WILLISTON, N.D. - Many Williston residents might have been alarmed Saturday to see several emergency responders at Sloulin Field International Airport. But not to worry, it was all part of the triennial Aircraft Disaster Emergency Response training.
The exercise provides emergency responders an opportunity to assess their capabilities, plans, policies, and procedures. The Federal Aviation Administration requires airports across the county to complete this training. The scenario emergency responders dealt with Saturday, was an inbound commercial jet unaware of 80 miles per hour wind gust. As the plane was about to landed, its wing hit the ground and sent the plane spinning and the aircraft separated into two pieces. Officials hope this exercises strengthen things like, improving the handling of mass patient care incidents and implementing local emergency operation plans.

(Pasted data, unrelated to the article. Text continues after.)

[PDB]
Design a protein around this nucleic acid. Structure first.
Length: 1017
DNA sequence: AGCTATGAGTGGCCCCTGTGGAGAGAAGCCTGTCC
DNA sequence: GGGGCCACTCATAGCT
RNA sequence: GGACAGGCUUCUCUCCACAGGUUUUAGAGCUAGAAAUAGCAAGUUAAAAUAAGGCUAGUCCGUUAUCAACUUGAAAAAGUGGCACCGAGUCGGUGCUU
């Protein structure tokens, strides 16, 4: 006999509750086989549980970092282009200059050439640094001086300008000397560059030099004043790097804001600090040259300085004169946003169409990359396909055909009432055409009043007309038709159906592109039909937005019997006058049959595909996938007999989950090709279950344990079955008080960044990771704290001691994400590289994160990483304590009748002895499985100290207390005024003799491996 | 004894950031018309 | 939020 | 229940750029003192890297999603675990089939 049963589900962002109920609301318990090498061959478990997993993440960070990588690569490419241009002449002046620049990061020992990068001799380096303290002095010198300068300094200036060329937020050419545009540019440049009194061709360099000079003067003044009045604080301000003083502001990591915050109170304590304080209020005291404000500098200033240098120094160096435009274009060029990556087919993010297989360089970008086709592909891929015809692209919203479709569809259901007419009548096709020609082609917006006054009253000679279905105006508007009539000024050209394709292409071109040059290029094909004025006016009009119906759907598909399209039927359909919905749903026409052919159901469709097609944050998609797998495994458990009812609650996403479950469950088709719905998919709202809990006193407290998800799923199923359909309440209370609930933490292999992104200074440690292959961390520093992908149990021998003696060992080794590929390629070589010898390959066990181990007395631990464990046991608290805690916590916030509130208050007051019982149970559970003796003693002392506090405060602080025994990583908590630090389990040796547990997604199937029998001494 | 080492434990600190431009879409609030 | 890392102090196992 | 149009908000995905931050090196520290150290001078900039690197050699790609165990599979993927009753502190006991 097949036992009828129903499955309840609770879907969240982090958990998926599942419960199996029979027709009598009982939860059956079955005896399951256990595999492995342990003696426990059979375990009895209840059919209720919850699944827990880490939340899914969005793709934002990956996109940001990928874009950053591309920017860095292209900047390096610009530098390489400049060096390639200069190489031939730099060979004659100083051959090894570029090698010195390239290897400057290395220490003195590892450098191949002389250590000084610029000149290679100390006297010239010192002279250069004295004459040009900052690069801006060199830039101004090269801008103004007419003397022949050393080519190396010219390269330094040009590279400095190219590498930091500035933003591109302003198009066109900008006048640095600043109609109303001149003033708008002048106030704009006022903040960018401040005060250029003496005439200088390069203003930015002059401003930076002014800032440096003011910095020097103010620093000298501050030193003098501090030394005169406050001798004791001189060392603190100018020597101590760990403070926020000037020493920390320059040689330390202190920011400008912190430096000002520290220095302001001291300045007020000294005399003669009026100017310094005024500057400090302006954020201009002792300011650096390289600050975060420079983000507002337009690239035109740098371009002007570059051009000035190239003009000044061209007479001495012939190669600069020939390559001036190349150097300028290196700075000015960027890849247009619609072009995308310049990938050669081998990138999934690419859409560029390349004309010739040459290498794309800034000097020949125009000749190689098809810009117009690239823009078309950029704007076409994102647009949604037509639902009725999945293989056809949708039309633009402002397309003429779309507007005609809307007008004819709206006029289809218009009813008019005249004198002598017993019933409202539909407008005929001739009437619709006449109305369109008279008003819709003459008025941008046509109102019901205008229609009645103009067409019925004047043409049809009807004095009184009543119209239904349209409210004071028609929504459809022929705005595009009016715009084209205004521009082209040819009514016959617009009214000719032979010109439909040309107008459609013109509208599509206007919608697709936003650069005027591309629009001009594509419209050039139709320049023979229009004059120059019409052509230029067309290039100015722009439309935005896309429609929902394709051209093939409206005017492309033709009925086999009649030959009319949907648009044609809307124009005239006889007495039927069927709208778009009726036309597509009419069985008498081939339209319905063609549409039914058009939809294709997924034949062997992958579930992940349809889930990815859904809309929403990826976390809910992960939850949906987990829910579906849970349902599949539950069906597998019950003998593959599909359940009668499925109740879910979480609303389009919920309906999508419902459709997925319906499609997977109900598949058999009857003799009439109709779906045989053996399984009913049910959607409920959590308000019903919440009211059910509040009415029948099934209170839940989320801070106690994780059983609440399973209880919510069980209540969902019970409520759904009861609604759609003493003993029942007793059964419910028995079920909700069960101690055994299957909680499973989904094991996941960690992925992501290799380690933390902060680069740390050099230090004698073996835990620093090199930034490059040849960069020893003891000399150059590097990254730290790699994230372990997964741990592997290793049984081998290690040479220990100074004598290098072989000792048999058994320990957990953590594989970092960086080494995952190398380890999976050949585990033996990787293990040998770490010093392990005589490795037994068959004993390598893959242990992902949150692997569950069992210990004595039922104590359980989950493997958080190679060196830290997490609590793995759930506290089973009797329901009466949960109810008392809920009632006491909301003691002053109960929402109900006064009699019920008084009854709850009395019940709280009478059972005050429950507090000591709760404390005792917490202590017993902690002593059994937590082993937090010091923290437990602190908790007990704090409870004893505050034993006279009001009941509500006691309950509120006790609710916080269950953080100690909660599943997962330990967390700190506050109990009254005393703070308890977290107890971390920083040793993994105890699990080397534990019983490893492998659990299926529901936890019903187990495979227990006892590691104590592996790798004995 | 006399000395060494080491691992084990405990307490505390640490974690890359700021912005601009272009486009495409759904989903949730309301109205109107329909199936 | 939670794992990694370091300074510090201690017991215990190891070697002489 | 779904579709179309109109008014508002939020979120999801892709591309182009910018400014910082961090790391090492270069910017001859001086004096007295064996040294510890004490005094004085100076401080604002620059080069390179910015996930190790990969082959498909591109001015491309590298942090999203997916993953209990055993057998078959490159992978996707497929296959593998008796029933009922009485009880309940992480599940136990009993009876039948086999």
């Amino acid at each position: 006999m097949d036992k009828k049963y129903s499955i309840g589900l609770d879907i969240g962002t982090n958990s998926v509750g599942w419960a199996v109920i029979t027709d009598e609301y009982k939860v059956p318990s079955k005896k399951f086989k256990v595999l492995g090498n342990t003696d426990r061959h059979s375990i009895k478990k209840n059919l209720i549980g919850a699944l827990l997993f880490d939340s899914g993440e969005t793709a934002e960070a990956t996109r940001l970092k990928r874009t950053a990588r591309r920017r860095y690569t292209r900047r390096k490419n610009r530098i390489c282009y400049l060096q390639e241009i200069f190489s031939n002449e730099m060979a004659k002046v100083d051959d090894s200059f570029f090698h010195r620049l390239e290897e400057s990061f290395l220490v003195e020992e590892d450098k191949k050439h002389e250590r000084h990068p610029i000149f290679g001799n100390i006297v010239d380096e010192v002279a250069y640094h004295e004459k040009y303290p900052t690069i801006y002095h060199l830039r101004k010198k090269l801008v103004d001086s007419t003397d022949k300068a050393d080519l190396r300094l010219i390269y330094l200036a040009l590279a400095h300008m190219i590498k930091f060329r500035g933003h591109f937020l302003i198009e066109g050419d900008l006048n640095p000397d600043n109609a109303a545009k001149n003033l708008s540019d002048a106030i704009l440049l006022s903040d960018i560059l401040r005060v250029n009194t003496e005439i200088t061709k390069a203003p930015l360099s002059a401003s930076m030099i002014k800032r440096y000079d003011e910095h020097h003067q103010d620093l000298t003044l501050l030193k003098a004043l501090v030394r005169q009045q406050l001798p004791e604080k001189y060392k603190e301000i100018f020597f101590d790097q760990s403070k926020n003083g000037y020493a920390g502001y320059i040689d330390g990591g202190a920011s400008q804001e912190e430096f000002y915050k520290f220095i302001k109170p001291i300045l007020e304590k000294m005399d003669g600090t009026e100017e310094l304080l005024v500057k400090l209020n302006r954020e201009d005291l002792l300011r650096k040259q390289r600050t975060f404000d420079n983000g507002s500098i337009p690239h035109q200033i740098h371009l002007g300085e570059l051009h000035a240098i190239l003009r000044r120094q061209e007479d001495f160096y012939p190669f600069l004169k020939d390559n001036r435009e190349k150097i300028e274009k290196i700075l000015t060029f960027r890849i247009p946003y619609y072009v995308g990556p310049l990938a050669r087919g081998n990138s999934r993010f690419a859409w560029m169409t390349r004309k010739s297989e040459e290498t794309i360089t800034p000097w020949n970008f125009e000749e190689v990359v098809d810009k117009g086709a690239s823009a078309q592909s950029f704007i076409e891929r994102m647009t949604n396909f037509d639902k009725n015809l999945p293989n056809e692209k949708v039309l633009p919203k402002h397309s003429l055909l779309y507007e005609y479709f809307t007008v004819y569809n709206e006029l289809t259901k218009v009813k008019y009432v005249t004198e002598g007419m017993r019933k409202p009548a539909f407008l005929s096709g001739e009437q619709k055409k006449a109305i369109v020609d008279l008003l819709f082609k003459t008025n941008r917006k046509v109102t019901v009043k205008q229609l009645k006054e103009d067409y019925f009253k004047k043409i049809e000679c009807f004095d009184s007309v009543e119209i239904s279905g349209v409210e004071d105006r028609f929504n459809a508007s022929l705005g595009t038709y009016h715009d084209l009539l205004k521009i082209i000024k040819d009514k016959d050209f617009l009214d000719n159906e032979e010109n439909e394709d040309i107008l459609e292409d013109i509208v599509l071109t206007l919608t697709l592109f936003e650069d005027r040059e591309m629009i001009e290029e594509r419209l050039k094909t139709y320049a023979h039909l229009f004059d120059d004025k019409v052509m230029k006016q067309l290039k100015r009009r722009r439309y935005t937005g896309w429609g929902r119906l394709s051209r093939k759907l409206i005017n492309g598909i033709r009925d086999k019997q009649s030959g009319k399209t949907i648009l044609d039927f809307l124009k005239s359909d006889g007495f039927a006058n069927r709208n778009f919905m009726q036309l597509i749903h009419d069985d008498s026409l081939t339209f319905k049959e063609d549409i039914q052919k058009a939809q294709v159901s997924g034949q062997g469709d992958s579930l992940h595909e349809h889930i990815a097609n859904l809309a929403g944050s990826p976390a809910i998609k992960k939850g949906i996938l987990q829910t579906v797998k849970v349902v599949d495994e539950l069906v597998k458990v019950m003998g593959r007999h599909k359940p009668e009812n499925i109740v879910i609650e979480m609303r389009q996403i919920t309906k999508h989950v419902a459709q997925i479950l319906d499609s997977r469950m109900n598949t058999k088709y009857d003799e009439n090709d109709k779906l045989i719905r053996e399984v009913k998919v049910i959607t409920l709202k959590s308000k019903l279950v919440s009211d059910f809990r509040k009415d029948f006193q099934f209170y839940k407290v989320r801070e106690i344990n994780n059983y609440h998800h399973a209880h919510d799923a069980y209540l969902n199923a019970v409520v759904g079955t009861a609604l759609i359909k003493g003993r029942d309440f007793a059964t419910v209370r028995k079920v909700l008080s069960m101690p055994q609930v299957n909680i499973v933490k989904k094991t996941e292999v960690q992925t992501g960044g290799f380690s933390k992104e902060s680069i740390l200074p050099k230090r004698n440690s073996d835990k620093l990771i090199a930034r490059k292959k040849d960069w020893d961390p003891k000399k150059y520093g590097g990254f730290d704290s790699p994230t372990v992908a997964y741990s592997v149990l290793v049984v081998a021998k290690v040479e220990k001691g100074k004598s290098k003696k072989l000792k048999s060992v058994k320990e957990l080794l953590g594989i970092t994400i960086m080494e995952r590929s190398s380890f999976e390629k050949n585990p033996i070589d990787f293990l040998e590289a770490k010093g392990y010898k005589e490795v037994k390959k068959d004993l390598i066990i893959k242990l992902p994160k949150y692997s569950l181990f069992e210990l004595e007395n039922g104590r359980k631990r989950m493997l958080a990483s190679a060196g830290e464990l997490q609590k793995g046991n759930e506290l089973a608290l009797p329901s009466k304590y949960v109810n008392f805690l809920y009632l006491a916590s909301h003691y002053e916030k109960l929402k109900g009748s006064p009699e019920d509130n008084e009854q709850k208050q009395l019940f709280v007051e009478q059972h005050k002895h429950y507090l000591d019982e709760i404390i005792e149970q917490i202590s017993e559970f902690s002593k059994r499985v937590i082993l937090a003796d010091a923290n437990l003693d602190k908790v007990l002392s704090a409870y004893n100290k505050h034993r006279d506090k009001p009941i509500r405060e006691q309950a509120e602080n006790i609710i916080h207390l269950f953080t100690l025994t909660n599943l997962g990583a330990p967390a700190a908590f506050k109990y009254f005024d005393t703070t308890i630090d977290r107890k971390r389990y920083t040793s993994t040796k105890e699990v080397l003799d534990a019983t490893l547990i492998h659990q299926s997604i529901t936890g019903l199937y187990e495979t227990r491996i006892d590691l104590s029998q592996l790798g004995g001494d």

"One thing that most people always work on is communication. Anytime you get this many agencies together, it's always communication, working together to make sure we are always on the same page," says Steven Kjergaard, Sloulin Field International Airport Director.
"There were some things that went really well and some things that needed to be worked on, but that's well expected. I was really happy with the outcome," says Mike Smith, Williams Co. Emergency Services Director.
Fifteen agencies from all levels participated in the exercise.